Truck, Scissors, Legacy

“The only way to be remembered is to affect the living,” says Michael Cohen.
Photo by Rachel Pressley

Michael Cohen has a collection of client before-and-after photos that represent his views on hairstyling as an art form. In the past few months, he’s opened a mobile haircare unit to serve homeless communities in Asheville and Hendersonville. Polk County is next. 

Cohen has settled his box-truck-turned-salon in parking lots and watched as lines form for free trims. He says he’s completed 150 haircuts since he began.

“The only way to be remembered is to affect the living,” says Michael Cohen. “I started doing hair for the homeless in Hendersonville on 7th Avenue, and when you get someone who is raw like that, and you redo them and they see themselves, it changes them. That smile is amazing. To me, that’s the rawest form of art I can find.”

Cohen has spent a couple of years outfitting the box truck for this purpose. He’s also worked hard to recently open Saluda Hair Garage, located in an old Esso station on Highway 176. The shop takes the garage theme to a new level (a hair cut is a “tune-up,” a coloring is a “paint job,” a conditioning treatment is an “oil change,” etc.).

It’s the mobile unit, though, that provides the ultimate transformation, as Cohen helps those who can’t pay for what so many of us take for a granted — an uplifting few moments in a chair with someone who wants to improve us.

How long have you cut hair?

Since I was 13, and now I’m 49. I always looked at it as an art form. My grandmother used to do wigs for cancer patients in Boston, so I would help her with those wigs. My whole life I’ve done this, and I’ve worked in Los Angeles and in Boston and all over the country. 

How did you end up in Western North Carolina?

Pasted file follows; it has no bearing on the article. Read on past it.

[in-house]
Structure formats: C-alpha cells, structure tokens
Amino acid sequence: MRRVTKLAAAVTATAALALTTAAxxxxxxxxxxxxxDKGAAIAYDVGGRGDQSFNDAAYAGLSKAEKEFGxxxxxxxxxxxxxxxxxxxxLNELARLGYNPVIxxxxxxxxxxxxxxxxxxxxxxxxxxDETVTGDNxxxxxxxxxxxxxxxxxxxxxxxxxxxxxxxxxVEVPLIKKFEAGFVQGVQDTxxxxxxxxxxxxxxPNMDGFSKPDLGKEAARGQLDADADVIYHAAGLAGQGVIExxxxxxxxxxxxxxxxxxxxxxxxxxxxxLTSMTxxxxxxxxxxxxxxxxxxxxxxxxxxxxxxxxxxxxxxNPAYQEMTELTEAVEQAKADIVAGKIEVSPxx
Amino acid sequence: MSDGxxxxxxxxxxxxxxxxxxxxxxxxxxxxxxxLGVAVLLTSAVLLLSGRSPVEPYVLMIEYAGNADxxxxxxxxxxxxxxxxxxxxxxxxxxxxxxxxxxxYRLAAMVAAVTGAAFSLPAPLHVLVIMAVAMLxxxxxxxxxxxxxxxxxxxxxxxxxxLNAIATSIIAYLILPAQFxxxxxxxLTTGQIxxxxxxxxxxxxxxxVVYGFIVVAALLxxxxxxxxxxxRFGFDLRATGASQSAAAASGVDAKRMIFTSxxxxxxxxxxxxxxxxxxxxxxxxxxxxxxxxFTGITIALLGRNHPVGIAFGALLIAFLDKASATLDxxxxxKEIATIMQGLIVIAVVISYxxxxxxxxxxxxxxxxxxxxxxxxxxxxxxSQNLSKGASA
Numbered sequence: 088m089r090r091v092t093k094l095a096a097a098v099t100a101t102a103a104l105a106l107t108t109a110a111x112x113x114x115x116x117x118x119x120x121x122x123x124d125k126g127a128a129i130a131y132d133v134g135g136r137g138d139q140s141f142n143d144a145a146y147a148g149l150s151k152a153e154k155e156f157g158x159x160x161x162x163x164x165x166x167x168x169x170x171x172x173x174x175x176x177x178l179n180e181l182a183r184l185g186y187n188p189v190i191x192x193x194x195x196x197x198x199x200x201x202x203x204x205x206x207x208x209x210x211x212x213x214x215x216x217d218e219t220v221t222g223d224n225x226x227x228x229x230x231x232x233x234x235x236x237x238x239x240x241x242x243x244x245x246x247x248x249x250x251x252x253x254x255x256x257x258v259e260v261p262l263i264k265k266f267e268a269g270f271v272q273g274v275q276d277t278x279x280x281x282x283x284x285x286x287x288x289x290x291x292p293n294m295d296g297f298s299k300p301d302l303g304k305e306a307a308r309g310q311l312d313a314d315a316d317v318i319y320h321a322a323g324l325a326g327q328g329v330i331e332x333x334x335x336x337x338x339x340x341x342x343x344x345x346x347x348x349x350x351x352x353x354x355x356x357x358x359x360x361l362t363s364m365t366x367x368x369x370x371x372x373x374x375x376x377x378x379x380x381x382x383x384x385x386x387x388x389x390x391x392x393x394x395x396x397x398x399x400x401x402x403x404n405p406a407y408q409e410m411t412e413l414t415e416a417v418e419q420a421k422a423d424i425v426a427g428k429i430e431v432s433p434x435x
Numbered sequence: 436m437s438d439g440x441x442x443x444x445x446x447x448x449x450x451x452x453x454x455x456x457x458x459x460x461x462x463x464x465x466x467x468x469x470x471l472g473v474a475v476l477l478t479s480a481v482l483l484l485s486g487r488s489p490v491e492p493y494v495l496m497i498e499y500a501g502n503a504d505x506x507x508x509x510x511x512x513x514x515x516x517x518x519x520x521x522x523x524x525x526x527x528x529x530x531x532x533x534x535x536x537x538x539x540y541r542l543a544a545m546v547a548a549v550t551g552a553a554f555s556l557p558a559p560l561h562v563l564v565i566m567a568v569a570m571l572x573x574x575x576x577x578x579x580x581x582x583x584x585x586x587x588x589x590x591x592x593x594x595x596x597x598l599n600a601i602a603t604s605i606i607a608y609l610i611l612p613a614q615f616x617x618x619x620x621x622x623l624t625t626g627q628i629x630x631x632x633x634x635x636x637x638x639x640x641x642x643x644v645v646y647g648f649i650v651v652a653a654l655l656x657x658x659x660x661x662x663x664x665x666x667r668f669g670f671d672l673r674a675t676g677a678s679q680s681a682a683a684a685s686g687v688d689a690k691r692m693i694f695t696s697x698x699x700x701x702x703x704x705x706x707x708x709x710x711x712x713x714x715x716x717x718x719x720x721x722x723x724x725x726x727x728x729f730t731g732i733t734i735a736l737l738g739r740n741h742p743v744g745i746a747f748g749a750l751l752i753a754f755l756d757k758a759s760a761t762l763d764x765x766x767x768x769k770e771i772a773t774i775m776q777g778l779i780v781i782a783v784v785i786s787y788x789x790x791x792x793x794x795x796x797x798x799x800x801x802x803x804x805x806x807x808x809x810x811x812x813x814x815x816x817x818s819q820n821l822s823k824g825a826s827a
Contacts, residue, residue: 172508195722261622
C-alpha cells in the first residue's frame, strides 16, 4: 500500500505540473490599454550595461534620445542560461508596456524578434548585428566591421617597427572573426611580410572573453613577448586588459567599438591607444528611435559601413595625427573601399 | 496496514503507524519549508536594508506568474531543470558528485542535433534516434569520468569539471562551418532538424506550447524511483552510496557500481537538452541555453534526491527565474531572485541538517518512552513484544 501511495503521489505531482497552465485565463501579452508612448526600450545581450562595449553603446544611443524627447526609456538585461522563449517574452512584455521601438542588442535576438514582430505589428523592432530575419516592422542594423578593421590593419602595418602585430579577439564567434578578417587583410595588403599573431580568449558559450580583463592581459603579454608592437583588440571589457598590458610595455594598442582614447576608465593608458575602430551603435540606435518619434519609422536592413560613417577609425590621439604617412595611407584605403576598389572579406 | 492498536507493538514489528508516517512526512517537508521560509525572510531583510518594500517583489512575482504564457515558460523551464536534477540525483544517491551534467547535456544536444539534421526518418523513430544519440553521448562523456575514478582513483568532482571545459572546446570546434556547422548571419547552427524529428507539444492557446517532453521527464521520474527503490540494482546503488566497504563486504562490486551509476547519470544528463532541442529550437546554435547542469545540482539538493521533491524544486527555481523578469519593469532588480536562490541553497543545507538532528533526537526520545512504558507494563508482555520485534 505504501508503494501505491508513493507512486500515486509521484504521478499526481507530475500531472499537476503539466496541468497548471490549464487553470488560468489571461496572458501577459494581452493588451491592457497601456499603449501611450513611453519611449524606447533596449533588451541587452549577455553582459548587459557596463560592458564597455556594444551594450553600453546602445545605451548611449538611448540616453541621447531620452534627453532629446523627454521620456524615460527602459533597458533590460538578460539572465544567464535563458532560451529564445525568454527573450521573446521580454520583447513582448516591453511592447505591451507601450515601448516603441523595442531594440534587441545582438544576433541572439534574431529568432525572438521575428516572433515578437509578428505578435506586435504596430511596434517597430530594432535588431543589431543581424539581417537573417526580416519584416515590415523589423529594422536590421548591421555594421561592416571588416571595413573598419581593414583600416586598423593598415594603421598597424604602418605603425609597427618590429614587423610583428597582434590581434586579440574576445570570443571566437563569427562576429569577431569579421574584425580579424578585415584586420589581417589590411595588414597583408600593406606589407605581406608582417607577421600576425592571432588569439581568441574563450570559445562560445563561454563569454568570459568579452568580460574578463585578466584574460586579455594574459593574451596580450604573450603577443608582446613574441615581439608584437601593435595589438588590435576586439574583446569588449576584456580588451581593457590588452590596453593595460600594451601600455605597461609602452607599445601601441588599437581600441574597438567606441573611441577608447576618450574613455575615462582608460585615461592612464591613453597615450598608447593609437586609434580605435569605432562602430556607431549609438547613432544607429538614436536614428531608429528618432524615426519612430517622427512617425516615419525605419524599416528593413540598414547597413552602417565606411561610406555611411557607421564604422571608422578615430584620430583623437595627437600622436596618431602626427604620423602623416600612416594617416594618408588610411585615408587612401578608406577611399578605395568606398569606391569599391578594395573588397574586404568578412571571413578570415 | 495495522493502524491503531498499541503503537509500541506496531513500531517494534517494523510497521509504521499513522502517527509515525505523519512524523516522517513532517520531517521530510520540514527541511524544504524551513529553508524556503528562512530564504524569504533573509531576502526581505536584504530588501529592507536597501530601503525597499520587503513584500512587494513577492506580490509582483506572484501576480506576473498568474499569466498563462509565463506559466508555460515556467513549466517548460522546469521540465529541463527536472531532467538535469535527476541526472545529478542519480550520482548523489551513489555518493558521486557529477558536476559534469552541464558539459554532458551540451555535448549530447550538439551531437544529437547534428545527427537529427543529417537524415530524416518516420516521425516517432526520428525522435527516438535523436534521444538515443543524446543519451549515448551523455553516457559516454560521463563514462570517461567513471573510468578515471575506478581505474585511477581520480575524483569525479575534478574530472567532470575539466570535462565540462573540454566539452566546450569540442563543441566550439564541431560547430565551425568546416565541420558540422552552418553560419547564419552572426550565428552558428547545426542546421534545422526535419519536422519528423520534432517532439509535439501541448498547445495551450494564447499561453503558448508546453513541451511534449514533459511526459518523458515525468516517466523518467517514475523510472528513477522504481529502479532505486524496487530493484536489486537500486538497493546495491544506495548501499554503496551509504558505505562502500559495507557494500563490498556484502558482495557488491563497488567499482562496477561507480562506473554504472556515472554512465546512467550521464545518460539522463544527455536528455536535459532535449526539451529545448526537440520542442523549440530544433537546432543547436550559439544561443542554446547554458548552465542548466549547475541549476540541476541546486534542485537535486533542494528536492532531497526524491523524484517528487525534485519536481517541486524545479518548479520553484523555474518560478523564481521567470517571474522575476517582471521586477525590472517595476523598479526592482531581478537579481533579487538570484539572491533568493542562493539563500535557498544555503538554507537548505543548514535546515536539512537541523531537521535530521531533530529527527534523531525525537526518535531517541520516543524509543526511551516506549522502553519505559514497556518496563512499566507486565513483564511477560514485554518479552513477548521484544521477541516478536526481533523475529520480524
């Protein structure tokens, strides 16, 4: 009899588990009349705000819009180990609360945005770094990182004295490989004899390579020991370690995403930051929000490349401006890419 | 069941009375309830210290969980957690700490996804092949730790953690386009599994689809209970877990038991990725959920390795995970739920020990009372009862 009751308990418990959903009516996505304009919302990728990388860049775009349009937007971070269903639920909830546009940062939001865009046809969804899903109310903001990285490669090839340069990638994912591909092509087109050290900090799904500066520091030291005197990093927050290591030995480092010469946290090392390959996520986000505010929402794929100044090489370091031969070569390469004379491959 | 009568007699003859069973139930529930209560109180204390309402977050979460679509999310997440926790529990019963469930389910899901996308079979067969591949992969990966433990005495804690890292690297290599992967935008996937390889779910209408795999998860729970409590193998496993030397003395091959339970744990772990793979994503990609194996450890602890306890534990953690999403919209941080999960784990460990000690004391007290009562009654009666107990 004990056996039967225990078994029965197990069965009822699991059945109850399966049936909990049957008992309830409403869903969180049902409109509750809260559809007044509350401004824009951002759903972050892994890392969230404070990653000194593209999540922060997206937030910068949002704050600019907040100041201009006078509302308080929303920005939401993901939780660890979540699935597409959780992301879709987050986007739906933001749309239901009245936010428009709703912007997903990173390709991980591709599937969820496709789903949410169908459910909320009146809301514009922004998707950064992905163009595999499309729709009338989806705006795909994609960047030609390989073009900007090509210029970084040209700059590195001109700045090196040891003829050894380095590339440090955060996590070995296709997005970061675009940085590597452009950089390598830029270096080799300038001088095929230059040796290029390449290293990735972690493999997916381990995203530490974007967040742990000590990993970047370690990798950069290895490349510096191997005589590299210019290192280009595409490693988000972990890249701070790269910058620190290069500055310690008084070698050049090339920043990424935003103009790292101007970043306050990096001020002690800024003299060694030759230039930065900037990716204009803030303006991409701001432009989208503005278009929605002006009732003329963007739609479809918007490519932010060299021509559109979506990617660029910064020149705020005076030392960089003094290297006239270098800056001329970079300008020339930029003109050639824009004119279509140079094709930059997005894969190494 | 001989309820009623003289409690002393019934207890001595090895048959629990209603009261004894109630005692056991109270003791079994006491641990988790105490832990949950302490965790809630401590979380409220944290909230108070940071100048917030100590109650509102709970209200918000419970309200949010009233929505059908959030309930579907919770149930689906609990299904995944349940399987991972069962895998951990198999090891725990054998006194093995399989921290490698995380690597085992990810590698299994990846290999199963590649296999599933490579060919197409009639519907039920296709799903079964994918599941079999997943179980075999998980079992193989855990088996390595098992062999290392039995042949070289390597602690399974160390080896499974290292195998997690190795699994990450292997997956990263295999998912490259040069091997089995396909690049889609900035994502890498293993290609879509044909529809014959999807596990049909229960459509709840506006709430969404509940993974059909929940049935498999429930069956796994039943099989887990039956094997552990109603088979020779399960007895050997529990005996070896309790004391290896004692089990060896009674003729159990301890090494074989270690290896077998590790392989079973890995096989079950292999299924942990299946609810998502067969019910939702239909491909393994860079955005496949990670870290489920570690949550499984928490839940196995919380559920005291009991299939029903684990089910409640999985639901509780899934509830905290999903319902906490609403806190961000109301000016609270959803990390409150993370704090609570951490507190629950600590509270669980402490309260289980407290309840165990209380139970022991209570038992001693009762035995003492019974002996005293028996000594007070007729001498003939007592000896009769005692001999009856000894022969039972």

I bought land in Sevierville [Tennessee], but I like this side of the mountains better. It’s more commercial there … it’s like Disney World. My yurt is still there on my land in the Cosby area. I like it over here because there is still that small-town attitude, but there’s more work here.

How did your idea for a mobile salon come about?

When I was young, I drew up plans to take an RV, shell it out, and make it into a mobile salon. At the time I didn’t know what I’d use it for. I worked on it off and on, and then my grandmother died and right before, she mailed me the plans. I’ve worked on it every day for about three years to finish it.

Michael Cohen’s Helping Hair Salon Truck.
Photo by Rachel Pressley

So how does a box truck become a salon on wheels?

It’s solar powered, but I have to use a generator every once in a while for the mobile hot-water unit. It’s a very simple thing. I’ve hooked up water tanks for a shampoo sink. There’s one barber’s chair and a little reception area in the back where people can sit down if the weather is bad. The chair can swivel around to the shampoo sink. I bought the box truck about four years ago in Tennessee, when I was living off grid, and began to work on it. I guess it was used for moving stuff before.

Is this a trend?

I believe there are a few mobile salons made out of high-end RVs out West, but I’m pretty sure this is the first mobile salon specifically [offering services] for the homeless. 

In addition to his community work on the go, Michael Cohen also cuts hair for a host of regular clients in his shop Saluda Hair Garage
(in the chair: Don Mintz).
Photo by Rachel Pressley

Does your new shop in Saluda operate on a similar principle?

The shop is open to anyone, and no one will be turned away for financial reasons. That’s just the way it is.

Saluda Hair Garage is open at 144 West Hwy. 176 (across from Green River BBQ). For more information, call 828-450-3270.

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